5. Rapid identification of antibiotic resistance using droplet microfluidics.

    PubMed

    Keays, Marie C; O'Brien, Mark; Hussain, Anam; Kiely, Patrick A; Dalton, Tara

    2016-04-02

    Culturing bacteria and monitoring bacterial cell growth is a critical issue when dealing with patients who present with bacterial infections. One of the main challenges that arises is the time taken to identify the particular strain of bacteria and consequently, decide the correct treatment. In the majority of cases, broad spectrum antibiotics are used to target infections when a narrow spectrum drug would be more appropriate. The efficient monitoring of bacterial growth and potential antibiotic resistance is necessary to identify the best treatment options for patients. Minturising the reactions into microfluidic droplets offers a novel method to rapidy analyze bacteria. Microfluidics facilitates low volume reactions that provide a unique system where each droplet reaction acts as an individual bioreactor. Here, we designed and built a novel platform that allowed us to create and monitor E.coli microfluidic droplet cultures. Optical capacity was built in and measurements of bacterial cultures were captured facilitating the continuous monitoring of individual reactions. The capacity of the instrument was demonstrated by the application of treatments to both bacteria and drug resistant strains of bacteria. We were able to detect responses within one hour in the droplet cultures, demonstrating the capacity of this workflow to the culture and rapid characterization of bacterial strains.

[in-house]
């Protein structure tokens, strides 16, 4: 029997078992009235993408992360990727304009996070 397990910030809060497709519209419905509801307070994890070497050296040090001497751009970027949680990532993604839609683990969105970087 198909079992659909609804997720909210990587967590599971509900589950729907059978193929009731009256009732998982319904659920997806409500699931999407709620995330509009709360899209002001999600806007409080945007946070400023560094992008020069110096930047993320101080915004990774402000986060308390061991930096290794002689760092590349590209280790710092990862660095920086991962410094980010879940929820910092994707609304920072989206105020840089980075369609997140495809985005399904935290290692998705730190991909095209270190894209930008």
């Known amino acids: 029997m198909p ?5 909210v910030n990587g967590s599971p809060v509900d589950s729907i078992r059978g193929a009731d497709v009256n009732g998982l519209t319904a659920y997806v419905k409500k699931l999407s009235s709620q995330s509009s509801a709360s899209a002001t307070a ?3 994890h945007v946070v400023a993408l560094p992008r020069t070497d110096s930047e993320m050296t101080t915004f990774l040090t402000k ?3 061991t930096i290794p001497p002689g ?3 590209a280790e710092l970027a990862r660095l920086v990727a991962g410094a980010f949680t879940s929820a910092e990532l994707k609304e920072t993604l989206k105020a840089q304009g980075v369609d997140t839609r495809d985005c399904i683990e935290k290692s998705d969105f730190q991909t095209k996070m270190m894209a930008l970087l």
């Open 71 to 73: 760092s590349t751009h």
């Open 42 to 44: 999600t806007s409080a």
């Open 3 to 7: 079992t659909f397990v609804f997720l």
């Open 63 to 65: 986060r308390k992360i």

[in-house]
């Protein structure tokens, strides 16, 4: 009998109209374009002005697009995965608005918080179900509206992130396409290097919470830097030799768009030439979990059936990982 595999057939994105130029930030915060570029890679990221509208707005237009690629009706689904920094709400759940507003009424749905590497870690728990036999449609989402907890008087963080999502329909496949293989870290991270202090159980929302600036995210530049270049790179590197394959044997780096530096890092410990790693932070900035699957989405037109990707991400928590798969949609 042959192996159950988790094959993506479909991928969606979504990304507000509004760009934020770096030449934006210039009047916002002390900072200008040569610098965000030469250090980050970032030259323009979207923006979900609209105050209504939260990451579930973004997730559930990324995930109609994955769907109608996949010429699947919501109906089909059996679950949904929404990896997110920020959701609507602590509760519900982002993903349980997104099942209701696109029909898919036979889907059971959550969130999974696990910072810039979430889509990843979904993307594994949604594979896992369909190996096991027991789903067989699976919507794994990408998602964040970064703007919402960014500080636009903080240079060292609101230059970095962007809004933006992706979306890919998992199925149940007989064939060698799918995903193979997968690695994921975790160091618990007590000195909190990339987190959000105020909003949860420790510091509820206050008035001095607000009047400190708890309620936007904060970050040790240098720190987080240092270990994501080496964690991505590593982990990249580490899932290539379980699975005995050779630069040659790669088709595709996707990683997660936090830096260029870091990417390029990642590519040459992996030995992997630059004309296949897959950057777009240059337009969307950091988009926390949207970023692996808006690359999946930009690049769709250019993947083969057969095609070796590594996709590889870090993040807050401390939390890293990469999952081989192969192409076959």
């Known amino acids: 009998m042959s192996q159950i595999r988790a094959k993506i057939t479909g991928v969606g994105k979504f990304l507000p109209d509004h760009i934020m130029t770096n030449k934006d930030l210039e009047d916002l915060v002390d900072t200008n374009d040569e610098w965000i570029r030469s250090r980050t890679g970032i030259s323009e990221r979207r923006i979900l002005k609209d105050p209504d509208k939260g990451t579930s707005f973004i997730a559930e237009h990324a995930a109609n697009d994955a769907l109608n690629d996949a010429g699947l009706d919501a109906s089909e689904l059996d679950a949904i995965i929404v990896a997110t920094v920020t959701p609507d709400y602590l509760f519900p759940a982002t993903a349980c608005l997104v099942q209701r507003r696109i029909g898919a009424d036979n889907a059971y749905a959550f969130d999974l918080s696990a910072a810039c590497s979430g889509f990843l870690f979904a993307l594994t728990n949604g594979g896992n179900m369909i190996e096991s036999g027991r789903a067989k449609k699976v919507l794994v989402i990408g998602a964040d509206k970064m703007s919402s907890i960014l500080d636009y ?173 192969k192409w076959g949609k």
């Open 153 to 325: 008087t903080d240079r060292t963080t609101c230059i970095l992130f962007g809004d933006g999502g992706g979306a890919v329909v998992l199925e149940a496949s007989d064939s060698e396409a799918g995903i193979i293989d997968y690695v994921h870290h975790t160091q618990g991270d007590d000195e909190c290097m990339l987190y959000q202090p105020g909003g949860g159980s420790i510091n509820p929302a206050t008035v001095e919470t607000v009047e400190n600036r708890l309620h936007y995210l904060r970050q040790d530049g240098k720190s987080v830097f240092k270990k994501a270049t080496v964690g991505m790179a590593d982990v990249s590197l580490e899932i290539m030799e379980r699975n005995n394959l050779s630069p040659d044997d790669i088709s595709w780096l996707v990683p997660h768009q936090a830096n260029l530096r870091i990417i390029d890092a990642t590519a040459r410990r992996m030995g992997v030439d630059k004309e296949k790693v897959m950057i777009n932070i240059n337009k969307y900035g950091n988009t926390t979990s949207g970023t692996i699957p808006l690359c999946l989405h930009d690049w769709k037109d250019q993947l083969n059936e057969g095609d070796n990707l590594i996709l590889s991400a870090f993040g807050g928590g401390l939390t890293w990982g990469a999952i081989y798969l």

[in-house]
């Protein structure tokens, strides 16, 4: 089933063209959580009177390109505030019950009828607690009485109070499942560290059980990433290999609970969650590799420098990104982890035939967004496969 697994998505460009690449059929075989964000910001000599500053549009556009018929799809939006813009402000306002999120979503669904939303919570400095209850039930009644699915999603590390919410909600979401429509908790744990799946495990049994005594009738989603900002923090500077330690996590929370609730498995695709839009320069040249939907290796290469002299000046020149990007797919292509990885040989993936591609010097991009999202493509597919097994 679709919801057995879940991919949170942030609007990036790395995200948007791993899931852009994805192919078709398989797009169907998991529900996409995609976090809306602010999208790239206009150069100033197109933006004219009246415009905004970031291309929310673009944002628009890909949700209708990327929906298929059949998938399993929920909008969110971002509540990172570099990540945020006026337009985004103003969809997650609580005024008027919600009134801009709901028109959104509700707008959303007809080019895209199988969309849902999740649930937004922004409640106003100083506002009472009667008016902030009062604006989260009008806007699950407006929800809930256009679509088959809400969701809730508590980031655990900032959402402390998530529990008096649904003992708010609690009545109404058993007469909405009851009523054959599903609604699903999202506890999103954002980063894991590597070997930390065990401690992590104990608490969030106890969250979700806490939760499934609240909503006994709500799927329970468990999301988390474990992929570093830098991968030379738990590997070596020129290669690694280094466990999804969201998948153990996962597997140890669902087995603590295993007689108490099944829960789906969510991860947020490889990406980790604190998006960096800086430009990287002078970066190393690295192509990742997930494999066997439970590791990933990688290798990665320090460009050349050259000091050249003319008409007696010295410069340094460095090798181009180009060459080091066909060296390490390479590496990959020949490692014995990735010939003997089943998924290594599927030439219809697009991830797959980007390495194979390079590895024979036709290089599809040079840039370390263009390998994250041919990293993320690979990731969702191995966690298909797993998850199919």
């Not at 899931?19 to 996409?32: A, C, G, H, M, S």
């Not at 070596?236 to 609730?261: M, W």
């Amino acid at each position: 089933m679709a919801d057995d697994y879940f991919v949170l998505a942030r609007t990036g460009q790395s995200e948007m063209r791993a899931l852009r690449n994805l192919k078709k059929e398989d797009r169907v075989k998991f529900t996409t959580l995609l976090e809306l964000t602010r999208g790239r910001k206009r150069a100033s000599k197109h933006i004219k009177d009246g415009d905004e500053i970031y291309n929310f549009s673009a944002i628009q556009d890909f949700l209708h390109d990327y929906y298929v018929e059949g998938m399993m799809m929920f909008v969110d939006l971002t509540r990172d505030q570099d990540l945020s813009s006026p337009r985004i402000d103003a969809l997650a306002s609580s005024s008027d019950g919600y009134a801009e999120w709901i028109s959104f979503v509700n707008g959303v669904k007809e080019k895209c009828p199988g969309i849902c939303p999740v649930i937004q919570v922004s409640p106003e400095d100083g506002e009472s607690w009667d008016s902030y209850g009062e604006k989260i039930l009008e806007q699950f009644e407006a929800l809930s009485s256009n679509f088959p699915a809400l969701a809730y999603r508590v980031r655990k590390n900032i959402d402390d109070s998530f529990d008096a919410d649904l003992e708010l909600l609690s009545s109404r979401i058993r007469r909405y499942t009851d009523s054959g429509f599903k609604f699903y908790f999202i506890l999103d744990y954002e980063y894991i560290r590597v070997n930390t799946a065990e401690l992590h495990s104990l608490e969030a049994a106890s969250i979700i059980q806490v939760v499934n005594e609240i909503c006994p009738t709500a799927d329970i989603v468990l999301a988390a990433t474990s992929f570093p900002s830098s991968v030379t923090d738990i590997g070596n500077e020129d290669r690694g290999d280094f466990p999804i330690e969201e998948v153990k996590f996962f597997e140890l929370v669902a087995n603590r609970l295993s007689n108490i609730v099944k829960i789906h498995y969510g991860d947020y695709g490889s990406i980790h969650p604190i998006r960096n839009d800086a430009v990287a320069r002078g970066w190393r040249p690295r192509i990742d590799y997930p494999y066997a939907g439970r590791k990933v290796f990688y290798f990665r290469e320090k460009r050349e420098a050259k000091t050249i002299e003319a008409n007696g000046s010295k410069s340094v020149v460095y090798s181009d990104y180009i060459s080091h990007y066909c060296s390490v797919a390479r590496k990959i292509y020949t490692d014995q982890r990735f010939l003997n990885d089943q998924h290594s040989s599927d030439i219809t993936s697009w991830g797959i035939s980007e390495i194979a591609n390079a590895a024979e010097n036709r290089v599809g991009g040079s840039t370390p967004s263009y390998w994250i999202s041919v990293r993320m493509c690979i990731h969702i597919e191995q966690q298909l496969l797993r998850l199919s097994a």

6. Identification of a Bacteria Using Phylogenetic Relationships Revealed by MS/MS Sequencing of Tryptic Peptides Derived From Cellular Proteins

    DTIC Science & Technology

    2004-12-01

    phylogenetic relationships between bacterial species as a part of a hierarchical decision tree process. 1. INTRODUCTION The detection and...1 IDENTIFICATION OF BACTERIA USING PHYLOGENETIC RELATIONSHIPS REVEALED BY MS/MS SEQUENCING OF TRYPTIC PEPTIDES DERIVED FROM CELLULAR PROTEINS...based on analysis of an electrospray ionization (ESI)-MS/MS data for the fast classification of analyzed bacteria, using phylogenetic relationships

  7. Rapid PCR of STR markers: Applications to human identification.

    PubMed

    Romsos, Erica L; Vallone, Peter M

    2015-09-01

    Multiplex PCR with fluorescently labeled primers has been an essential method for the amplification of short tandem repeats used in human identify testing. Within the STR workflow of extraction, quantitation, amplification, separation, and detection, multiplex PCR is commonly identified as the bottleneck in the process. The time requirement of up to three hours to complete 28-30 cycles of multiplex PCR for STR genotyping is the greatest amount of time required for a single step within the process. The historical use of commercially available thermal cyclers and heat stable polymerases may have given the impression that large multiplex will always require long PCR cycling times to ensure that all of the varying sized targets (typically 100-400bp) can be amplified in a balanced manner throughout the multiplex. However, with the advent of improved polymerases and faster thermal cyclers the time required for the amplification of large STR multiplexes is no longer on the order of three hours, but as little as 14min. Faster amplification times can be performed while retaining the balance and integrity of large multiplex PCRs by implementation of alternate polymerases and thermal cyclers. With the reduction in PCR cycling times there has also been an impact on the development of integrated and microfluidics devices which employ the use of reduced or rapid thermal cycling protocols as part of their integration. Similarly, PCR inhibitor resistant polymerases can also reduce overall STR processing times for reference samples by eliminating the need for DNA extraction and purification that is additionally implemented within the development of integrated DNA typing devices.